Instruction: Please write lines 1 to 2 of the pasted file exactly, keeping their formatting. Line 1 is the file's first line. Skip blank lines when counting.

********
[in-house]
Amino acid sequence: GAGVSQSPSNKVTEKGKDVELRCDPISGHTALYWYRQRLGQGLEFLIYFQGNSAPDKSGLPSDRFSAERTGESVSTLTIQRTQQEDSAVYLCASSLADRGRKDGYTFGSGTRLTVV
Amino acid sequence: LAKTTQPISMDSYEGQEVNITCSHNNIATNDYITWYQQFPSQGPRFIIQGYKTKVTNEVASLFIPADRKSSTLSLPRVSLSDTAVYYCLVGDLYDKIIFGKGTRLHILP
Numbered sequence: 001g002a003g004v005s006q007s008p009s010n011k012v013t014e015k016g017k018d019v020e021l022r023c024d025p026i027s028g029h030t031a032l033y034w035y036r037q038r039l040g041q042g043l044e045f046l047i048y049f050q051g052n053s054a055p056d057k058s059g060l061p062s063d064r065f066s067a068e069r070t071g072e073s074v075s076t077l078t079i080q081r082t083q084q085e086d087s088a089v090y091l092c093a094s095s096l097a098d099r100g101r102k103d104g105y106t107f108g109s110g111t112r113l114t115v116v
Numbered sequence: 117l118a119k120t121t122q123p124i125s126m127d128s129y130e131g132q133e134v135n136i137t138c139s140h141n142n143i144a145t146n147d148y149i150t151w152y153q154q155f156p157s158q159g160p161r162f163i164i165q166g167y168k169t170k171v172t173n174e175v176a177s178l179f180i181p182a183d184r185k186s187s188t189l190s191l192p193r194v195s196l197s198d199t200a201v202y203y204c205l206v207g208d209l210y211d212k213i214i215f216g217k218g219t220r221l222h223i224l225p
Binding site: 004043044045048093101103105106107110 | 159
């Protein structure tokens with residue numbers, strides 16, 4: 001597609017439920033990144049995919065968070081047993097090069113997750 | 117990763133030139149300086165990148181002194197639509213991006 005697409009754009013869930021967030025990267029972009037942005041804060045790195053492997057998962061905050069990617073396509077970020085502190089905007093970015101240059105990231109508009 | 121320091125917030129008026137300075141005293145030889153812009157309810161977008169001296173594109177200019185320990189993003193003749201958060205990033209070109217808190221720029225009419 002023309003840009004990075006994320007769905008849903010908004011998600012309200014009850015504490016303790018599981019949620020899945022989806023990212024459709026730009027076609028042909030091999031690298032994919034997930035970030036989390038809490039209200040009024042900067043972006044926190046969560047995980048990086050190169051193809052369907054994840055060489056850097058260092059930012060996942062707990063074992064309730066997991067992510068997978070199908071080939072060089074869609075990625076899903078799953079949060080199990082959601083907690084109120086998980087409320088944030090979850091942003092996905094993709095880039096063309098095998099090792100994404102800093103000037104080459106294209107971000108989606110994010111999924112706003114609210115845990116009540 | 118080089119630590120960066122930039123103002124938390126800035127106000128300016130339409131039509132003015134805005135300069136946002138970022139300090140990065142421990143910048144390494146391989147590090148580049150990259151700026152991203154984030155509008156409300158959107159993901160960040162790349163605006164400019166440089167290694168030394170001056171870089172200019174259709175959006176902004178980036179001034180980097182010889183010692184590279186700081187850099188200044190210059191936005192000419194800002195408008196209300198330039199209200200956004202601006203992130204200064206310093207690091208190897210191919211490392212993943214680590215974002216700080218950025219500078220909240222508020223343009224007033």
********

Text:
[in-house]
Amino acid sequence: GAGVSQSPSNKVTEKGKDVELRCDPISGHTALYWYRQRLGQGLEFLIYFQGNSAPDKSGLPSDRFSAERTGESVSTLTIQRTQQEDSAVYLCASSLADRGRKDGYTFGSGTRLTVV